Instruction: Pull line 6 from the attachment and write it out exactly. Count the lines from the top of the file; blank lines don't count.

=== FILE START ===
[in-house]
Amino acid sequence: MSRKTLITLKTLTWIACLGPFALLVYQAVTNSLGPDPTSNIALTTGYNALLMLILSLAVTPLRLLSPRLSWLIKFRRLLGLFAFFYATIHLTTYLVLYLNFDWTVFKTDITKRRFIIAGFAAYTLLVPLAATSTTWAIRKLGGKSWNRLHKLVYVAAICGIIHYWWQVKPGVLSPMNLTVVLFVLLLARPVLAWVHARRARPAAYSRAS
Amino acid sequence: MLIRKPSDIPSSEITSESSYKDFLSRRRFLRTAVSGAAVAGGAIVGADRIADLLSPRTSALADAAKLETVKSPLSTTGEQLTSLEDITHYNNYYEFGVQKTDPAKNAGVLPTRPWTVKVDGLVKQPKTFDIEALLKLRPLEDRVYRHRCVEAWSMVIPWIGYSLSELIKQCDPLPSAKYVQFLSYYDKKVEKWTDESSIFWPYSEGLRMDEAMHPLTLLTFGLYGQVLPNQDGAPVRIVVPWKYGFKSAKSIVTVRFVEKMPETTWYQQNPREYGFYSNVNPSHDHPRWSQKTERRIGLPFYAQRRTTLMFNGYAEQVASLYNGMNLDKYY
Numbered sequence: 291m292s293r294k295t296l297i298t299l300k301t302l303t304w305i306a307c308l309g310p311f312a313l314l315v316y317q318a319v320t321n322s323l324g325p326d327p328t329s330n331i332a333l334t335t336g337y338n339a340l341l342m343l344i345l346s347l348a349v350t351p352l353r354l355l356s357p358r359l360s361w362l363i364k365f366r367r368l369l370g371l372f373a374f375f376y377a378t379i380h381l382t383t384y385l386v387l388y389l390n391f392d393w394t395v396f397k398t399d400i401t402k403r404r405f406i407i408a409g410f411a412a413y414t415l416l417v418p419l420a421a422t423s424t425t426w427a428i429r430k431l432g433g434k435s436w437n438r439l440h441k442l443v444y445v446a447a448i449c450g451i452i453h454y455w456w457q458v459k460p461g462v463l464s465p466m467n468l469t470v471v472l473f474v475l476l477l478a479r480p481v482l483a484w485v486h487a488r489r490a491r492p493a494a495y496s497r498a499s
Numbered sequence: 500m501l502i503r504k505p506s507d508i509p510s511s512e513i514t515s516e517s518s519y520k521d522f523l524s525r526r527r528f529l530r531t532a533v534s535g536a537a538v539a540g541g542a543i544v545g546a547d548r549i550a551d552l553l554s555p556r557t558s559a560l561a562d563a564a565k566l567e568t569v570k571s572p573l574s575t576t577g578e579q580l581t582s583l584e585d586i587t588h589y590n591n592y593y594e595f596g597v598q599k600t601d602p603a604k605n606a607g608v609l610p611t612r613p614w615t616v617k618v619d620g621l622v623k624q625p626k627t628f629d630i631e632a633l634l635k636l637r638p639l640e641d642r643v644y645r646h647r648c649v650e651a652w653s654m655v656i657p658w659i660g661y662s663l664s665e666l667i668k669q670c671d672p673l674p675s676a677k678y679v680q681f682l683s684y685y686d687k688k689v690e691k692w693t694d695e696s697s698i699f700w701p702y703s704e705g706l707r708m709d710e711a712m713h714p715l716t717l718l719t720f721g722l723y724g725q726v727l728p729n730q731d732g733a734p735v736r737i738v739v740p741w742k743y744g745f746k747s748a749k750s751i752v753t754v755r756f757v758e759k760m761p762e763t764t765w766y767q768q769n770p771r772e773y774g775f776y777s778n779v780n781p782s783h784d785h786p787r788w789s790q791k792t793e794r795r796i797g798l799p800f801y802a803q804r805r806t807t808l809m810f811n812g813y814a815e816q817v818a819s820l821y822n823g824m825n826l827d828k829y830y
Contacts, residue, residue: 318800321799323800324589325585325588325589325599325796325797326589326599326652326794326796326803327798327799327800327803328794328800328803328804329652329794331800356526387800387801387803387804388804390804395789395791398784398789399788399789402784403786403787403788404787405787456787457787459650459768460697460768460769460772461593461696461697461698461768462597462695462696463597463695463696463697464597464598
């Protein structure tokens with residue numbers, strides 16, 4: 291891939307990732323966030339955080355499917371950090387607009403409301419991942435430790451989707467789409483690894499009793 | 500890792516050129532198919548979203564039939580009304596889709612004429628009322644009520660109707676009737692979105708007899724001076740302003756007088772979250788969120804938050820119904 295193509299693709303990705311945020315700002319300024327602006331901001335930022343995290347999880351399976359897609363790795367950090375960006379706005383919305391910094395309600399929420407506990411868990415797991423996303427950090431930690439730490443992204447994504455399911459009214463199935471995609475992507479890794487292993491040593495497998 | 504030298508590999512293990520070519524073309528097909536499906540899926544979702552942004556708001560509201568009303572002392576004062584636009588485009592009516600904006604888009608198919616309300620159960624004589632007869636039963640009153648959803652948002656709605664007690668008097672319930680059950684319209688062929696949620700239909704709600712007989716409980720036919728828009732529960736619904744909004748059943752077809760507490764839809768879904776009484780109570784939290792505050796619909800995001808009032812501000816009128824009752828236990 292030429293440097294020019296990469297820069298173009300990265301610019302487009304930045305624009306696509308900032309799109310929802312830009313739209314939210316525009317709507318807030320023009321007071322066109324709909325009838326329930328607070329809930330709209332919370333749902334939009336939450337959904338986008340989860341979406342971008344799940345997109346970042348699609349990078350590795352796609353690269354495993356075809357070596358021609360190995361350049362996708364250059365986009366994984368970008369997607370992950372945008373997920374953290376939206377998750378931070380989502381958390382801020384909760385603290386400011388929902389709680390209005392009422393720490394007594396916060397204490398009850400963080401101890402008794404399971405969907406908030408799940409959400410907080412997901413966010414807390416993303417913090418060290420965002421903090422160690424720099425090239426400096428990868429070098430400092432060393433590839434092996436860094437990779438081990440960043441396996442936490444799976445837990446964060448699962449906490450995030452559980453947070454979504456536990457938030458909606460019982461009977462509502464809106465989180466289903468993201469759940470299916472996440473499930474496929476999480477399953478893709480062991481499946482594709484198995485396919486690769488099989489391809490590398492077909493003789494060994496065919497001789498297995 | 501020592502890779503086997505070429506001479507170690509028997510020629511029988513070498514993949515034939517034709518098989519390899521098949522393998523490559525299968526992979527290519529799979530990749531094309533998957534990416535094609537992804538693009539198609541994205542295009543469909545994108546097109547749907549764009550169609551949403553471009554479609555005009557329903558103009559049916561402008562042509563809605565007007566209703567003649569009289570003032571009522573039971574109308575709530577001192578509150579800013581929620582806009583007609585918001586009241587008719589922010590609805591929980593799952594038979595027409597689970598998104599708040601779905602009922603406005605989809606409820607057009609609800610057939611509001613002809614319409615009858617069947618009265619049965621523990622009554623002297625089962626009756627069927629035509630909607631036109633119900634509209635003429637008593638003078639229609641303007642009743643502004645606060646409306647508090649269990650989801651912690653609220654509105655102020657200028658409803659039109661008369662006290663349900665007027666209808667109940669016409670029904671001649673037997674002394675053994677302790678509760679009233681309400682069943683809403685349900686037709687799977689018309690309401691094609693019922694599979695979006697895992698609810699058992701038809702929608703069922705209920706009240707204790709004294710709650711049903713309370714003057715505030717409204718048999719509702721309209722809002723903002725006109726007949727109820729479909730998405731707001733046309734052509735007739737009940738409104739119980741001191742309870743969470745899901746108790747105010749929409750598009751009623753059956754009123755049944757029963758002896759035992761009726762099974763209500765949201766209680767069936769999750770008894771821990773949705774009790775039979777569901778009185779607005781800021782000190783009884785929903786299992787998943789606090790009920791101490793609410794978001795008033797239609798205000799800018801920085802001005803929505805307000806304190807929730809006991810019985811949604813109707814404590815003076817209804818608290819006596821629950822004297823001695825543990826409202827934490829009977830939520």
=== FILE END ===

Contacts, residue, residue: 318800321799323800324589325585325588325589325599325796325797326589326599326652326794326796326803327798327799327800327803328794328800328803328804329652329794331800356526387800387801387803387804388804390804395789395791398784398789399788399789402784403786403787403788404787405787456787457787459650459768460697460768460769460772461593461696461697461698461768462597462695462696463597463695463696463697464597464598